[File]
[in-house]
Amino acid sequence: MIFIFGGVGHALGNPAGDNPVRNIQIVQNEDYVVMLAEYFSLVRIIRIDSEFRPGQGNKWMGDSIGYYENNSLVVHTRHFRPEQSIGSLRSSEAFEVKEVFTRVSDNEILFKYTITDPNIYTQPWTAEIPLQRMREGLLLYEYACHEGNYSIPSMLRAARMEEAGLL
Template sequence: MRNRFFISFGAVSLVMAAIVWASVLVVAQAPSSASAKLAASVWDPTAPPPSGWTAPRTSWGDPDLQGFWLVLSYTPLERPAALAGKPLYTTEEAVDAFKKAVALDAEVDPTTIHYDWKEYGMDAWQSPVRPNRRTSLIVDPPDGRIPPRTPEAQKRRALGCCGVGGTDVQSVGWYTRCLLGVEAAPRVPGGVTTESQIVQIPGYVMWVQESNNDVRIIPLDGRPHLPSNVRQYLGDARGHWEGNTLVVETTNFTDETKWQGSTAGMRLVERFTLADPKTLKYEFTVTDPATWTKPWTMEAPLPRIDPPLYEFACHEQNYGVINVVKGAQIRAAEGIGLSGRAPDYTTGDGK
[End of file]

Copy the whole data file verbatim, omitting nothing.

[in-house]
Amino acid sequence: MIFIFGGVGHALGNPAGDNPVRNIQIVQNEDYVVMLAEYFSLVRIIRIDSEFRPGQGNKWMGDSIGYYENNSLVVHTRHFRPEQSIGSLRSSEAFEVKEVFTRVSDNEILFKYTITDPNIYTQPWTAEIPLQRMREGLLLYEYACHEGNYSIPSMLRAARMEEAGLL
Template sequence: MRNRFFISFGAVSLVMAAIVWASVLVVAQAPSSASAKLAASVWDPTAPPPSGWTAPRTSWGDPDLQGFWLVLSYTPLERPAALAGKPLYTTEEAVDAFKKAVALDAEVDPTTIHYDWKEYGMDAWQSPVRPNRRTSLIVDPPDGRIPPRTPEAQKRRALGCCGVGGTDVQSVGWYTRCLLGVEAAPRVPGGVTTESQIVQIPGYVMWVQESNNDVRIIPLDGRPHLPSNVRQYLGDARGHWEGNTLVVETTNFTDETKWQGSTAGMRLVERFTLADPKTLKYEFTVTDPATWTKPWTMEAPLPRIDPPLYEFACHEQNYGVINVVKGAQIRAAEGIGLSGRAPDYTTGDGK